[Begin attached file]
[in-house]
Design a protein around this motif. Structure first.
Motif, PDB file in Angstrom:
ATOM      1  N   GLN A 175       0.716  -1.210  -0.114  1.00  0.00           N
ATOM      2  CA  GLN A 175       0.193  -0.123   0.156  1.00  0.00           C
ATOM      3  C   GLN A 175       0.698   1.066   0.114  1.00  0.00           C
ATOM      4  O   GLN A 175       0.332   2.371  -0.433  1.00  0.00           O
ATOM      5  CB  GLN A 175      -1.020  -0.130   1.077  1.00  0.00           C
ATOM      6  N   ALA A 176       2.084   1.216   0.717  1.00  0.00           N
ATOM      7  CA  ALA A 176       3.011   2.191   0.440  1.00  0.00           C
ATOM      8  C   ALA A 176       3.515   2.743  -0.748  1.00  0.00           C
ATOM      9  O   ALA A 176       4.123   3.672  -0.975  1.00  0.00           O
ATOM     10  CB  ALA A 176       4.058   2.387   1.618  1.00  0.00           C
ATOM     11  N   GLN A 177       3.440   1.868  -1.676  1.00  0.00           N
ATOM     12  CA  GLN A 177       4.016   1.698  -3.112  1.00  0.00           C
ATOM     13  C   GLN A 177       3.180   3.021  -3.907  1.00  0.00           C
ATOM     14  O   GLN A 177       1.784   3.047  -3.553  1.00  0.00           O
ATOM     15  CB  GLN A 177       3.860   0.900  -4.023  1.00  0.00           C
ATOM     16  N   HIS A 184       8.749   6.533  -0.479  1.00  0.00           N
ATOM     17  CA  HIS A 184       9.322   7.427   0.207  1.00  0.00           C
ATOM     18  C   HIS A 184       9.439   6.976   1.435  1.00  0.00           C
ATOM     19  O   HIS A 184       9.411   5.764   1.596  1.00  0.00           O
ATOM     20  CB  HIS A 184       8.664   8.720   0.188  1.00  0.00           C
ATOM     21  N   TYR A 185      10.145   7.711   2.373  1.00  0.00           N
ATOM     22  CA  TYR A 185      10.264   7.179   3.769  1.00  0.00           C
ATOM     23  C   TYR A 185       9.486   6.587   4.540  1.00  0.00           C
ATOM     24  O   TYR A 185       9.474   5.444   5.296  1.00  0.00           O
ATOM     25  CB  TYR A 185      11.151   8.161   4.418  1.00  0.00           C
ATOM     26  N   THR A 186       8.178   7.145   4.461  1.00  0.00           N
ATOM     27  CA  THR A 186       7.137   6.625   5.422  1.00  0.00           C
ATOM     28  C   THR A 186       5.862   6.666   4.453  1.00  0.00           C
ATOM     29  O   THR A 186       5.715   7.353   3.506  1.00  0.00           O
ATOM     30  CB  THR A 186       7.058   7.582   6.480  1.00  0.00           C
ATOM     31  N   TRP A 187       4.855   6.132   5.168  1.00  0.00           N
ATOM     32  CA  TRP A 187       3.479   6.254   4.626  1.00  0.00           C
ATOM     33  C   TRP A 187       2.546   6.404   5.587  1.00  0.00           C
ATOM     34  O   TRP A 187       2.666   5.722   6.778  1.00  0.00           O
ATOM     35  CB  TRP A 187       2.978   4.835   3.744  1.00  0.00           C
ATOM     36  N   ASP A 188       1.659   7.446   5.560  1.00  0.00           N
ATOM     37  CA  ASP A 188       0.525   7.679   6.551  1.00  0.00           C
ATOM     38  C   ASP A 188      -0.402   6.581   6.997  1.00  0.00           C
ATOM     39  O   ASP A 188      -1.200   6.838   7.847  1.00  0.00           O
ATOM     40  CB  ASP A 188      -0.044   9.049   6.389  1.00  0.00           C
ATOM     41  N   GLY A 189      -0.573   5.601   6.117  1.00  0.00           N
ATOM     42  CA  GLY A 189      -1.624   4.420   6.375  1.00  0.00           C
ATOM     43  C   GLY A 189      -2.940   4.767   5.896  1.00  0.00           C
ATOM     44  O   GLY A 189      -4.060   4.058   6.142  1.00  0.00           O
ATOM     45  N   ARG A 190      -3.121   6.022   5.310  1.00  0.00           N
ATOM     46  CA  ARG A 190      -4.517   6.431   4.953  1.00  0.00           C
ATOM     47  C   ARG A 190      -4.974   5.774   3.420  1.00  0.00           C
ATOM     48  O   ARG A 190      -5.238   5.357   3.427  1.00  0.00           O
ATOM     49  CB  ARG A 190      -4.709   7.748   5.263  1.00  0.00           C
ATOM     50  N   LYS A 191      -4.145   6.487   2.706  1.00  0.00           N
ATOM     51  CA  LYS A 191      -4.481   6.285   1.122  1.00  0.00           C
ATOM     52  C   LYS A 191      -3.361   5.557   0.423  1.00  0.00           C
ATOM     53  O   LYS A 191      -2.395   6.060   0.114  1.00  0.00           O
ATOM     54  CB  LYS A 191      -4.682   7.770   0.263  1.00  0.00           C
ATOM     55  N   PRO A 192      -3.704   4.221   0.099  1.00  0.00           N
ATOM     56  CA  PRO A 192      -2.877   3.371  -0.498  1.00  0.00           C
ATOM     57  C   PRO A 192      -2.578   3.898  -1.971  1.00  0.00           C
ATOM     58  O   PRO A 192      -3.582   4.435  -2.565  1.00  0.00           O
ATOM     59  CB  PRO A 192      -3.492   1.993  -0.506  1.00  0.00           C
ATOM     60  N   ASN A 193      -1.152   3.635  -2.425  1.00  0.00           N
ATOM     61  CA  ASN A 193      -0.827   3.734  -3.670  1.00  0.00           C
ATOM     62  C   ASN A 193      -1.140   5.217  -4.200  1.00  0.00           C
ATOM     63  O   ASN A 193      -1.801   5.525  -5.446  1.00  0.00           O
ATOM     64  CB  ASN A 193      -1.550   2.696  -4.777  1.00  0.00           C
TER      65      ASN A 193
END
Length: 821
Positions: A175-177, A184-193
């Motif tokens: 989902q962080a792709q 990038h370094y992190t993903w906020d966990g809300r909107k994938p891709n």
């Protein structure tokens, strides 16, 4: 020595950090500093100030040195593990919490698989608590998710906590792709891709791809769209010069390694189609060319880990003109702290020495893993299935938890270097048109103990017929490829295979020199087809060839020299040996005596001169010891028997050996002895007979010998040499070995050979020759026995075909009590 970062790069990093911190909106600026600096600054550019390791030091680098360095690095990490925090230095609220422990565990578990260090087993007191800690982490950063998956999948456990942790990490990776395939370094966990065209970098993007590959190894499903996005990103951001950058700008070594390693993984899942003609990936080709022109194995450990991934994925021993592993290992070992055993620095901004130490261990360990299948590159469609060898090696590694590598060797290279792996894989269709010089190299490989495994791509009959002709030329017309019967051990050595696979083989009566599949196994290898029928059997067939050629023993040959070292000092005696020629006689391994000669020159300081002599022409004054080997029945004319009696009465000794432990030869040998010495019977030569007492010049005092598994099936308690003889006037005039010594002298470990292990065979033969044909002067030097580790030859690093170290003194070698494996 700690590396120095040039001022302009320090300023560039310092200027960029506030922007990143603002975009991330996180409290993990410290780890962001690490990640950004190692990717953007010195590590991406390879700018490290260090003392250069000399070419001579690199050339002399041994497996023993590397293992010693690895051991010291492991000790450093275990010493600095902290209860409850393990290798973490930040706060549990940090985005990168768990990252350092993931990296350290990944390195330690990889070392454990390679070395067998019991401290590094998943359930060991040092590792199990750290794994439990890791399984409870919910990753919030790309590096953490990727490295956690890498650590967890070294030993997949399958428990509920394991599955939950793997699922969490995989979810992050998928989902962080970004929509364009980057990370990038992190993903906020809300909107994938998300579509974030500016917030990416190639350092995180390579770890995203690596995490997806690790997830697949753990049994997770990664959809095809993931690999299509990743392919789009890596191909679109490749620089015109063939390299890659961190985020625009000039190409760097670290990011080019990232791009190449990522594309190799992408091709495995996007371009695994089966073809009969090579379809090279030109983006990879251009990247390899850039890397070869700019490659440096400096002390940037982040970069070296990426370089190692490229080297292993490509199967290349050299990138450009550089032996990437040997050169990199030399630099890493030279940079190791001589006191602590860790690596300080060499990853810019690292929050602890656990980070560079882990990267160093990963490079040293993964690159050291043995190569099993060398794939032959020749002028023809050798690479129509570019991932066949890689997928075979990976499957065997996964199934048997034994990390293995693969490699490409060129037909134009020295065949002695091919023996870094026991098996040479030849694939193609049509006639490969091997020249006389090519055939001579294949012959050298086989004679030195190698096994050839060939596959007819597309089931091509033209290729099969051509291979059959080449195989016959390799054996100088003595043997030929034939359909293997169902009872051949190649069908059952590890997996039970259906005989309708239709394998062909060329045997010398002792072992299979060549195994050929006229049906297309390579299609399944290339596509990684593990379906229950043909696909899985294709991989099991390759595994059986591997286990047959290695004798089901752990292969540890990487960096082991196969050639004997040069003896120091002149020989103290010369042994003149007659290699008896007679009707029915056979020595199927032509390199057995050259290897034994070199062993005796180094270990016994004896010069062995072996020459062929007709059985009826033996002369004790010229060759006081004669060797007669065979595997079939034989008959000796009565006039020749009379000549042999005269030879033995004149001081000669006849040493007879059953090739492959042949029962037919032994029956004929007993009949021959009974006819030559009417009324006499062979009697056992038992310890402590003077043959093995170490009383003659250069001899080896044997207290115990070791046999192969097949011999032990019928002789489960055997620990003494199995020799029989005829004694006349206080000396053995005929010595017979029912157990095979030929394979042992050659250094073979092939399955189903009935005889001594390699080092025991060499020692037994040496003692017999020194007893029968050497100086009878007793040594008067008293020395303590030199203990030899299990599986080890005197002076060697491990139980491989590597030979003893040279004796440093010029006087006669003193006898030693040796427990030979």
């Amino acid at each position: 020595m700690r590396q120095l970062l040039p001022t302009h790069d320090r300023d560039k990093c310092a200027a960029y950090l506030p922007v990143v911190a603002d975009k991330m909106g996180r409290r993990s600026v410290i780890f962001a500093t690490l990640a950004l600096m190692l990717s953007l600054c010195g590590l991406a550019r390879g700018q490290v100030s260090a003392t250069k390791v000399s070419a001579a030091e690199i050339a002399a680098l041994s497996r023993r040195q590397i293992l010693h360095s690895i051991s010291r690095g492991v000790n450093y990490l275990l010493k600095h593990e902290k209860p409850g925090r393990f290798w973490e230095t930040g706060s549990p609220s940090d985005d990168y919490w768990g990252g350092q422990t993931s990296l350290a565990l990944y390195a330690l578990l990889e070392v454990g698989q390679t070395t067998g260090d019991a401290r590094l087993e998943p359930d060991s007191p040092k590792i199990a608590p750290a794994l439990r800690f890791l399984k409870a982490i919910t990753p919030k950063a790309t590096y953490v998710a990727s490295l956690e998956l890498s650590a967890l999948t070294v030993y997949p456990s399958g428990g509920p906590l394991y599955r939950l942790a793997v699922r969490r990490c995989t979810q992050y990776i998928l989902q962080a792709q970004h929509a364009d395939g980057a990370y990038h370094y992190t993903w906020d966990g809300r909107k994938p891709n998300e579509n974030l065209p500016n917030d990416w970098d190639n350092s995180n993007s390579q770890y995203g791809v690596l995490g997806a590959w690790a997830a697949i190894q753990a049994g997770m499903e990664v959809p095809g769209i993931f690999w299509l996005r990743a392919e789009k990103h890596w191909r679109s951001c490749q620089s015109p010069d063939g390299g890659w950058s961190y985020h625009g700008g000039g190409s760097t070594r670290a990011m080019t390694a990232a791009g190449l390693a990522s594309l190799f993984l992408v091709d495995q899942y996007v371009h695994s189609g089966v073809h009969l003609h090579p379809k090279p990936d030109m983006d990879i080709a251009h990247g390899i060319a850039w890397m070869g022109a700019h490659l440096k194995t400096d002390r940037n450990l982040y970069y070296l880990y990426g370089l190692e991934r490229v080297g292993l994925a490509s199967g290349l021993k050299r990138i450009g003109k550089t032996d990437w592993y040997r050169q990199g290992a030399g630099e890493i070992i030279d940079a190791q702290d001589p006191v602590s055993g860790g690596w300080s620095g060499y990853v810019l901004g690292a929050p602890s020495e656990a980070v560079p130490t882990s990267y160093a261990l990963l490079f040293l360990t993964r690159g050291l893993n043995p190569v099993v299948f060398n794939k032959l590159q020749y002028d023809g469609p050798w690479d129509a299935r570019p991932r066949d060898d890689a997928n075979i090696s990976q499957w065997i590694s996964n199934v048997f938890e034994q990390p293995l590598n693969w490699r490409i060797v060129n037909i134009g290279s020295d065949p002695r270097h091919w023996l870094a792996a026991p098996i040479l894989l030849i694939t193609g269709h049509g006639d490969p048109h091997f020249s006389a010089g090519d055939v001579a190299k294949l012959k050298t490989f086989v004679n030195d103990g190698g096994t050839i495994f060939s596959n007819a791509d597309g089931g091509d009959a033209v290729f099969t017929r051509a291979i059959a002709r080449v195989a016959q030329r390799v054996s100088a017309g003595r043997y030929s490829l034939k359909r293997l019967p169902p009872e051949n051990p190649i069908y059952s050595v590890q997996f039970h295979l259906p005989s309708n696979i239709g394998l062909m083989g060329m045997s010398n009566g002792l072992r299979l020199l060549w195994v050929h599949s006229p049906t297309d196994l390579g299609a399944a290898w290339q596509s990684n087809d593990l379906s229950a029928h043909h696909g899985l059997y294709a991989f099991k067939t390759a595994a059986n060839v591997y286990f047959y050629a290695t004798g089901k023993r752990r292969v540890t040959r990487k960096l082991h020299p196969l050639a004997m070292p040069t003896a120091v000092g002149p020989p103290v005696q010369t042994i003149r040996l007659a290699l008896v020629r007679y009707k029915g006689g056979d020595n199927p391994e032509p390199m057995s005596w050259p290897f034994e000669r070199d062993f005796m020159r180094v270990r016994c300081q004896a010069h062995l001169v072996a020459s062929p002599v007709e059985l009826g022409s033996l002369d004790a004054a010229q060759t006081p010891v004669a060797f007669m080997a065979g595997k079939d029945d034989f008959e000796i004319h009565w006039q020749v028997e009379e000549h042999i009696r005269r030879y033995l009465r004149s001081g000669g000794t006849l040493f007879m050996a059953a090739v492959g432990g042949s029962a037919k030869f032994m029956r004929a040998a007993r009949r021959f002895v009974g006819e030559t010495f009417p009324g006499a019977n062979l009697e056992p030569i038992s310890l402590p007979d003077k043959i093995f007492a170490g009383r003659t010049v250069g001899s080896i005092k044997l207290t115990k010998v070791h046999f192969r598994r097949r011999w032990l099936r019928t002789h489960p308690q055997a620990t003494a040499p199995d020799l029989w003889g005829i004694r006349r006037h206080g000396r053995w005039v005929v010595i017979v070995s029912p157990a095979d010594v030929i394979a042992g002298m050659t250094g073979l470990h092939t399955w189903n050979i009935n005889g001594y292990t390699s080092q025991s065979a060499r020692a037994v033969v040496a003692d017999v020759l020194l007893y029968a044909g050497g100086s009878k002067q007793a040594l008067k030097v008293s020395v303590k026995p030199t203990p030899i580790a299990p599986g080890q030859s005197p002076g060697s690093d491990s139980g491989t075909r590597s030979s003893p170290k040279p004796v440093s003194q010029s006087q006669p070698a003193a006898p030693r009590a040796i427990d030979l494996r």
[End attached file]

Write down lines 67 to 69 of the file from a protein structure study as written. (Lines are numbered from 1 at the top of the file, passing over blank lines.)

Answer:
ATOM     64  CB  ASN A 193      -1.550   2.696  -4.777  1.00  0.00           C
TER      65      ASN A 193
END